Police warn about drunk driving, but not everyone gets the message

Police warn about drunk driving, but not everyone gets the message

As a long weekend begins in a number of states, drivers are asked to think about their actions before beginning their journey.


Police authorities across Australia are urging drivers to think before they get behind the wheel. after a spate of drunk drivers caught on our roads.

This week a 60-year-old grandmother saw her car crash in front of police in south-east Melbourne after deciding to buy her grandson a McDonald’s sundae while being almost five times over the limit, Victoria Police claims.

Meanwhile, officers from the Dandenong Highway Patrol were driving past an unregistered car on Princes Highway when a young woman told them her car had been hit and expressed concern about the condition of the other driver.



While noting details, a two-car collision occurred nearby, with the young woman confirming it was the same vehicle involved in her incident.

Grandmother’s damaged Holden Astra was impounded and the woman lost her driver’s license for 12 months after allegedly blowing up a .249.

About 24 hours earlier, another driver in north Melbourne was allegedly spotted with a blood alcohol count of 0.254 – more than five times the legal limit.



Concerned citizens contacted police about a squirming vehicle on the Princes Freeway, eventually forcing the driver to stop at Kororoit Creek Road in Laverton North and confiscating the man’s keys while they waited for police to arrive.

The 48-year-old disqualified driver – whose Toyota Corolla was impounded – is expected to face drunk driving and other traffic offences.

“Driving and driving continues to be a major contributor to accidents, deaths and serious injuries on our roads,” said Glenn Weir, Deputy Commissioner for Victoria Roads Police Journey.



“We’re seeing some totally unacceptable incidents of drivers making stupid decisions to drive when they shouldn’t.”

A 36-year-old woman is also charged with drunk driving this week after she crashed into a parked car with a 10-year-old child on board.

Although no injuries were reported, the driver allegedly blew over the limit nearly four times, resulting in her driver’s license being suspended for 12 months.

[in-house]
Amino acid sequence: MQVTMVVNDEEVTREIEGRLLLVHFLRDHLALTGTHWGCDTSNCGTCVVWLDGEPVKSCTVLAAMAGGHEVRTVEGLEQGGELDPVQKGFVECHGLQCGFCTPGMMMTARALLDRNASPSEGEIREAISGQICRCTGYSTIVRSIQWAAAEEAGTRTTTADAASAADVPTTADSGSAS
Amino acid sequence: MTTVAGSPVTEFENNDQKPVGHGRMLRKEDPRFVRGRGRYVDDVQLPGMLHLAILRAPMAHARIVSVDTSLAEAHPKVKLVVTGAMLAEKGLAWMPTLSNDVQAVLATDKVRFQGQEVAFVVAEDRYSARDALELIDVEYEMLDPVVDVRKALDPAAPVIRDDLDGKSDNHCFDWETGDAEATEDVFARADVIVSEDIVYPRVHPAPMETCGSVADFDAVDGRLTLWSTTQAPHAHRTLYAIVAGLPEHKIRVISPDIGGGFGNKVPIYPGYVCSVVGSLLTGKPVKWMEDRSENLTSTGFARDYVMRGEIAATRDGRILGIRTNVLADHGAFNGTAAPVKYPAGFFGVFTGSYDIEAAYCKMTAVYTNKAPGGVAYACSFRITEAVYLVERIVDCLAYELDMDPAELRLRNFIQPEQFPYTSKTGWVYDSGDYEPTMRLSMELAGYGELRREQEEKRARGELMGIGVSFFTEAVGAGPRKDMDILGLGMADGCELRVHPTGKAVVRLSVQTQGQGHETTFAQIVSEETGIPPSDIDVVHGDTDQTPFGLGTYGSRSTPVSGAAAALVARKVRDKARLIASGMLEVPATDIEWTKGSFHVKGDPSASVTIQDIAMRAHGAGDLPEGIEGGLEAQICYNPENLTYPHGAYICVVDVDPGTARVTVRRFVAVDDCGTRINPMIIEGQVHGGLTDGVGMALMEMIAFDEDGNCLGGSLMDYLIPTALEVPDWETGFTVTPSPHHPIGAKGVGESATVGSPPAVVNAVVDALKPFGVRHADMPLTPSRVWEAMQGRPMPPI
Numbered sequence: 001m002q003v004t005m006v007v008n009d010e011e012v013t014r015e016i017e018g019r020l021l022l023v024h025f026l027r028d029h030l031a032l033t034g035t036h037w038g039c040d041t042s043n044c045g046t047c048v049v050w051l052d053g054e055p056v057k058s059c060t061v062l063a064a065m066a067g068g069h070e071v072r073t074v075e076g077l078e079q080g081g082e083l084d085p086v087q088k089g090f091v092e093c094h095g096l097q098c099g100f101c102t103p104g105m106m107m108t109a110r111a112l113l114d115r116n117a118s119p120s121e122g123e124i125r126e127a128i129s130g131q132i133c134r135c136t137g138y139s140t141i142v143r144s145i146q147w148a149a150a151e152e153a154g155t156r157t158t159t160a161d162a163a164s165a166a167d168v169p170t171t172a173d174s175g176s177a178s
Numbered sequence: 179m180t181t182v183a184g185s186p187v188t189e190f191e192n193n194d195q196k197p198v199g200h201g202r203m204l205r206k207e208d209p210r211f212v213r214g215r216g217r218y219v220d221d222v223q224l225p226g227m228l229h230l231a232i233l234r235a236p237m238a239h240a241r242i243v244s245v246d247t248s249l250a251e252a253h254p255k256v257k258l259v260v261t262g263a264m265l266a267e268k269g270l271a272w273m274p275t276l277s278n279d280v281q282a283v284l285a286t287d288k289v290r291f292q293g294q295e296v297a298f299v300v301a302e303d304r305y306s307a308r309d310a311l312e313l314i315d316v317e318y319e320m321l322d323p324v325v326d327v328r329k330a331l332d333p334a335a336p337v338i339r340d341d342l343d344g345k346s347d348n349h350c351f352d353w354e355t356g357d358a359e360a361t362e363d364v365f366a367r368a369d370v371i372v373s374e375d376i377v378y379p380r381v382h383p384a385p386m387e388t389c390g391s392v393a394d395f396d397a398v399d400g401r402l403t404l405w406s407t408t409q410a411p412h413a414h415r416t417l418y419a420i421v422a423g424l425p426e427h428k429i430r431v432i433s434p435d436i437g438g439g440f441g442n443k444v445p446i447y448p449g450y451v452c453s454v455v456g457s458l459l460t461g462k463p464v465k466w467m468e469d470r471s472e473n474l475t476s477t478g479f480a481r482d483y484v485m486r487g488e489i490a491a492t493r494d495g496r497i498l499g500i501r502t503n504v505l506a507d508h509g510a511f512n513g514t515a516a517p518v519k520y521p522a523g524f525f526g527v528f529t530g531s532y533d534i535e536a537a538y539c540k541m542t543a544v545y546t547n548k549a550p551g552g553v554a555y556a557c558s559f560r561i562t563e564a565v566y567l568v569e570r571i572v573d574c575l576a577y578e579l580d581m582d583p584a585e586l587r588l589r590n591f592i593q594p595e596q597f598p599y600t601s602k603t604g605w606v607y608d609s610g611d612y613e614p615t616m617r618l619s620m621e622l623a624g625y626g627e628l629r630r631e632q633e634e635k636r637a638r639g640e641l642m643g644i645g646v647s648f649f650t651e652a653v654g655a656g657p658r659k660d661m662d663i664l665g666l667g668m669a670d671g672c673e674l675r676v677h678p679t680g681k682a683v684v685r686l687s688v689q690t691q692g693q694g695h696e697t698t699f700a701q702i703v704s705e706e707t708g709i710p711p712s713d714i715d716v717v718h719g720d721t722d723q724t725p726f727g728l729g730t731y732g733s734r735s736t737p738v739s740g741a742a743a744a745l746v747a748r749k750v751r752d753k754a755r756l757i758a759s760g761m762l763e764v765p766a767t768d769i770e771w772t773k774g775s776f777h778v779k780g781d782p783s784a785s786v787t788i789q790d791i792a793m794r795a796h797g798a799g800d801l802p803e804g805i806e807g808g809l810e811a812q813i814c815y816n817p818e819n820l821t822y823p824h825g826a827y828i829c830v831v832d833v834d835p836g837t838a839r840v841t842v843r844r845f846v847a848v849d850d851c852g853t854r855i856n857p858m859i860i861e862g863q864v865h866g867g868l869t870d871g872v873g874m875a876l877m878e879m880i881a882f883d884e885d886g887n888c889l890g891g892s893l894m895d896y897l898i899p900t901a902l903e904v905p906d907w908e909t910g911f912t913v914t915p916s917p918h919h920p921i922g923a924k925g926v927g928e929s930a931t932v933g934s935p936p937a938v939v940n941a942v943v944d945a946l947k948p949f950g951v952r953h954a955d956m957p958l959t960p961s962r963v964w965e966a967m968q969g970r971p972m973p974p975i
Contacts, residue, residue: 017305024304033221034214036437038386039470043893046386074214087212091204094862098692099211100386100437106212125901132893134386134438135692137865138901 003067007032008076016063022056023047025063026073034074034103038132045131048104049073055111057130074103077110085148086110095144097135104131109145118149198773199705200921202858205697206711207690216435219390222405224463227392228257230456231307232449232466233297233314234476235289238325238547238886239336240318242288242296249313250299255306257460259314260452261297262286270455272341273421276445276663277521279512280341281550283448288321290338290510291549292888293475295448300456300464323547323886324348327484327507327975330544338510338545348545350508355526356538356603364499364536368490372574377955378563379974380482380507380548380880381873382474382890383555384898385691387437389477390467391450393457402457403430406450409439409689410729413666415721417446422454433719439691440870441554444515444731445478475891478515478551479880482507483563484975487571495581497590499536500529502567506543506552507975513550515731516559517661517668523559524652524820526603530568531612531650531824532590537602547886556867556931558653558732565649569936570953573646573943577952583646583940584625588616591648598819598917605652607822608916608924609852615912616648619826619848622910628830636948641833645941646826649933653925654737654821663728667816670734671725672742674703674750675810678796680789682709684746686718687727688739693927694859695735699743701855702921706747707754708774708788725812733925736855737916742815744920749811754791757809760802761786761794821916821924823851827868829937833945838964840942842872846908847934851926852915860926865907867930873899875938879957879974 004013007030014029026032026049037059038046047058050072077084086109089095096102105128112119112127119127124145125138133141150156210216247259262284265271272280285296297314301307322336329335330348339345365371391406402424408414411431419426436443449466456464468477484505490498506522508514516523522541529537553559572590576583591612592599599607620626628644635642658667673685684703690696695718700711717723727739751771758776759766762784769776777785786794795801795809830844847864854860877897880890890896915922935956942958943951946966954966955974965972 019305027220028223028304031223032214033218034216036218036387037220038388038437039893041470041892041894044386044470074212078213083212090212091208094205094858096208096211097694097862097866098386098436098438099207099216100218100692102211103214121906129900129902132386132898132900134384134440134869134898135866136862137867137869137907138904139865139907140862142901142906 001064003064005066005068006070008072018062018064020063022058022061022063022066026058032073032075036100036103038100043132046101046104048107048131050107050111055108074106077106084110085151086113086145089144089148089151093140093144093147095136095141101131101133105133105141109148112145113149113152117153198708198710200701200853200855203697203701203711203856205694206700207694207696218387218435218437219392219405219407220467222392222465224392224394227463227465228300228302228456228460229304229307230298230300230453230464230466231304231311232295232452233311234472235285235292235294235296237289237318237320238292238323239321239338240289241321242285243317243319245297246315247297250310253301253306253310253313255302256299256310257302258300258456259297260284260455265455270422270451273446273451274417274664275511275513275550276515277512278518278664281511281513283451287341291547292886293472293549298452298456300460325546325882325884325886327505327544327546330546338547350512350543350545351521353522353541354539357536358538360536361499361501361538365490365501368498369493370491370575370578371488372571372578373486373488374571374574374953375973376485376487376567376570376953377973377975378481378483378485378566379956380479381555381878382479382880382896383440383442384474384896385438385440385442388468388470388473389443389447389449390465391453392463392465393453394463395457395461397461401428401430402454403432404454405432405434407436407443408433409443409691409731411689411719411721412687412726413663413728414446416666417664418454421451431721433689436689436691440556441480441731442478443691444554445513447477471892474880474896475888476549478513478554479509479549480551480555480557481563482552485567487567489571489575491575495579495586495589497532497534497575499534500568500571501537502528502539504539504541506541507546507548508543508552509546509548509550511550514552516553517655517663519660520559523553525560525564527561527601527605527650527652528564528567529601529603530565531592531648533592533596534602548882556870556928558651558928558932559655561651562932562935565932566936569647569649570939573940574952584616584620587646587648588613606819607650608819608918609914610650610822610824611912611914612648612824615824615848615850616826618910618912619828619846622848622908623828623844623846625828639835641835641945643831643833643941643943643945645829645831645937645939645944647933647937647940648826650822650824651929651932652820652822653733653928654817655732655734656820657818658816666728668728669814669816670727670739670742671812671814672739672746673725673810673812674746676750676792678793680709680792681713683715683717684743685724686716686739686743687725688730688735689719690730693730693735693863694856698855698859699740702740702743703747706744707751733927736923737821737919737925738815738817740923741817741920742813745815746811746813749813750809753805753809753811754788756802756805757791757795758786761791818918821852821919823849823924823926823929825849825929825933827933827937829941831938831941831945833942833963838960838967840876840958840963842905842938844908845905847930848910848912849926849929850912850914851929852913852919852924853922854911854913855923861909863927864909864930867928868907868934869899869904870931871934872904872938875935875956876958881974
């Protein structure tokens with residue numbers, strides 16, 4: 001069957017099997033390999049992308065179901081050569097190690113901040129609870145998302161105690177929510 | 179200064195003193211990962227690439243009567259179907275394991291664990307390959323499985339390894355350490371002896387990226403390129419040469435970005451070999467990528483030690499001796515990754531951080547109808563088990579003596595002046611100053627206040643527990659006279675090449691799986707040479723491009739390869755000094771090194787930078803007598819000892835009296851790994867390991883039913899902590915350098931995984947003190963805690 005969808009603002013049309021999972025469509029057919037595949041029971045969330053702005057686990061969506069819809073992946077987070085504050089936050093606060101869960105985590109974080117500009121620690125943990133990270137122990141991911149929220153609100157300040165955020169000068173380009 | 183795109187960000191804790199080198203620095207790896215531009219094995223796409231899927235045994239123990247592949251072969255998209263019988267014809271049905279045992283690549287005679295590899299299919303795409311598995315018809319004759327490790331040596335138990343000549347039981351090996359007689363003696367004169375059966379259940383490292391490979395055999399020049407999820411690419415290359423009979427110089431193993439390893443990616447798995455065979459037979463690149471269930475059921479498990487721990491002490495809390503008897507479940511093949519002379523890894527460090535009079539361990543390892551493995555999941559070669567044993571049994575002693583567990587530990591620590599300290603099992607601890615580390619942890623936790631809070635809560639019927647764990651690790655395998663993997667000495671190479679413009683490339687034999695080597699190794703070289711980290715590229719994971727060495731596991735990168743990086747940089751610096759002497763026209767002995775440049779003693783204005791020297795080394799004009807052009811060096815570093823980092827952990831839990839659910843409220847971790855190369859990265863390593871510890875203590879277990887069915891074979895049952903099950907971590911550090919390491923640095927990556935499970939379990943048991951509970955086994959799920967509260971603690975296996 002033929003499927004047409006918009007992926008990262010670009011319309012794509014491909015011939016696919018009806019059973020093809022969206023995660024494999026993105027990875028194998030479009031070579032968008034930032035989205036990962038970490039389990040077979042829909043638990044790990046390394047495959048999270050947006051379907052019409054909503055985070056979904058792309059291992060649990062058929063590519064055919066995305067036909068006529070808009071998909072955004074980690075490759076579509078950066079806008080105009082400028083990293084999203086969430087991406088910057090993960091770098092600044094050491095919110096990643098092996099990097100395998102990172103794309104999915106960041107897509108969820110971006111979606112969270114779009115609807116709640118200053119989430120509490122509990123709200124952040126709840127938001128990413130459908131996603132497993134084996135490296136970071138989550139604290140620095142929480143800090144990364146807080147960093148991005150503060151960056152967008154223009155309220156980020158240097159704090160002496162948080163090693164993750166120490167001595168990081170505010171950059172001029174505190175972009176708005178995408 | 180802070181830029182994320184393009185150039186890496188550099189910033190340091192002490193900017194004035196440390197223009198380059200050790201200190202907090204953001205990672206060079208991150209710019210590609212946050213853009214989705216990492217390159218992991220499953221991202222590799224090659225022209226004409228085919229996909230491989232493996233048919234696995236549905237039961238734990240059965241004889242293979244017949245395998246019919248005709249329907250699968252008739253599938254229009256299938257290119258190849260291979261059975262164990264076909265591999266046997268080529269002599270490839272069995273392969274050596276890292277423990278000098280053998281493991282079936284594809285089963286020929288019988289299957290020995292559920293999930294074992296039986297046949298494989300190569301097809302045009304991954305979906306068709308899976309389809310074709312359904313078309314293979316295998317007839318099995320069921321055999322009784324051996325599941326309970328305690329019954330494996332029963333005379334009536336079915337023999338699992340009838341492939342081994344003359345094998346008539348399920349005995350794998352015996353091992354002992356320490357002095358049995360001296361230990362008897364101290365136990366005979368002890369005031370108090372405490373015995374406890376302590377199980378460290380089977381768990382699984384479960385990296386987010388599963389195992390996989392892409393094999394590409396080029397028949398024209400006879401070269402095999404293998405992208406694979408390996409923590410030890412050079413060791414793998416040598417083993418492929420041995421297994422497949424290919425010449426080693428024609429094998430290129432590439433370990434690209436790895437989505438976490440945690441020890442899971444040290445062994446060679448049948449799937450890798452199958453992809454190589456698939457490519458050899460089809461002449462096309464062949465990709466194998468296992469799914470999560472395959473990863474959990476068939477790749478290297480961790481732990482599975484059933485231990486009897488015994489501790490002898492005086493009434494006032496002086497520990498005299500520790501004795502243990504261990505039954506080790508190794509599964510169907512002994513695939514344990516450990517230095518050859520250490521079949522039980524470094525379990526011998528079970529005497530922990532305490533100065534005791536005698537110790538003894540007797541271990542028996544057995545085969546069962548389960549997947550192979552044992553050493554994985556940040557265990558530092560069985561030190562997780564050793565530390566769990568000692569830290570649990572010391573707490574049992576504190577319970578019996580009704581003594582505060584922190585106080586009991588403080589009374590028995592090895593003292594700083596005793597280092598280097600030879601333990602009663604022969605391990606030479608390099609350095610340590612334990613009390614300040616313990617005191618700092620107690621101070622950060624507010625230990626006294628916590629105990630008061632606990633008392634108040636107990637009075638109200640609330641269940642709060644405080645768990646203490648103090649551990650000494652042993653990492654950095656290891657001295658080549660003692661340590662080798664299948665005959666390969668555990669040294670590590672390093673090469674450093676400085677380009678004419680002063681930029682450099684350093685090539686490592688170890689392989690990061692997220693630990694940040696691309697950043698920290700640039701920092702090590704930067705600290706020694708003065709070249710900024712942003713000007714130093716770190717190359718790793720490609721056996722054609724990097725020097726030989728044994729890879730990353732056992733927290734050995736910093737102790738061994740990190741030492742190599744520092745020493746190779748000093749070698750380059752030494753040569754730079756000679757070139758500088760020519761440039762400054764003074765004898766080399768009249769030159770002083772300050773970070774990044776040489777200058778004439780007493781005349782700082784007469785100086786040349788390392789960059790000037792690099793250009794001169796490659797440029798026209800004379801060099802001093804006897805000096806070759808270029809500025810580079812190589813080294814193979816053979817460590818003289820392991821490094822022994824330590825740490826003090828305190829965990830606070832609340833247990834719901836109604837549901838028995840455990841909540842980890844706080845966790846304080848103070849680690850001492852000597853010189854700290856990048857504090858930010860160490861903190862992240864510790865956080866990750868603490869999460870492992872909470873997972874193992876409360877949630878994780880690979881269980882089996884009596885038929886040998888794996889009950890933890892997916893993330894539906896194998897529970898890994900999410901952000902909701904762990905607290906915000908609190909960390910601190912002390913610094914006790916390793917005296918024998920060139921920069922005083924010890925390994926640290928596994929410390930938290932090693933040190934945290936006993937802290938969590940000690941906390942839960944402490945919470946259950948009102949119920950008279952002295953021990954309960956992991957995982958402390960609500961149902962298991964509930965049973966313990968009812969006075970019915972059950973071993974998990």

“Driving is a complex task that requires concentration, judgment and decision-making. Alcohol impairs those skills and your ability to drive a vehicle safely,” Assistant Commissioner Weir said.

Over the weekend, officers from the Ryde Highway Patrol New South Wales Police Force reportedly observed a black BMW M5 sedan traveling at 92km/h in a 50km/h zone.

The 34-year-old driver told police he showed his two passengers his car and “warmed up the tires” before returning a positive result for alcohol. He was fined a total of $1,573 and had his license suspended for three months.



“We have unfortunately seen a number of examples of significant road-related trauma recently,” said Trent King, NSW Police Deputy Deputy Commissioner, Commander Traffic and Motorway Police, at the launch of Operation Labor Day 2022 for the upcoming long weekend in NSW.

“Holidays are for families and friends to safely spend time together, so we ask motorists to prevent further trauma by taking a few extra steps to ensure they plan ahead and manage their trips,” he said.

“That means not driving tired, remembering to take breaks, not speeding, knowing the conditions and not drinking or using drugs when getting behind the wheel.”

It was a similar message sent by South Australian Police Minister Joe Szakacs ahead of the long weekend, with Labor Day being observed next Monday in South Australia, New South Wales and the ACT (and the King’s Birthday long weekend in Queensland).

“One life lost on our streets is too many. I urge everyone using the roads this long weekend to drive safely and respect the road conditions,” Minister Szakacs said.

“The upward trend in fatal accidents on South American roads is a strong reminder that messages about the Fatal Five – distraction, drunk and drug driving, speeding, seat belts and dangerous motorists – must continue to get across to all South Australians using our roads.”



Ben Zechariah

Ben Zachariah is a veteran Melbourne-based writer and motoring journalist who has worked in the automotive industry for over 15 years. Previously a truck driver, Ben completed his MBA in Finance in early 2021. He is considered an expert in the field of classic car investments.

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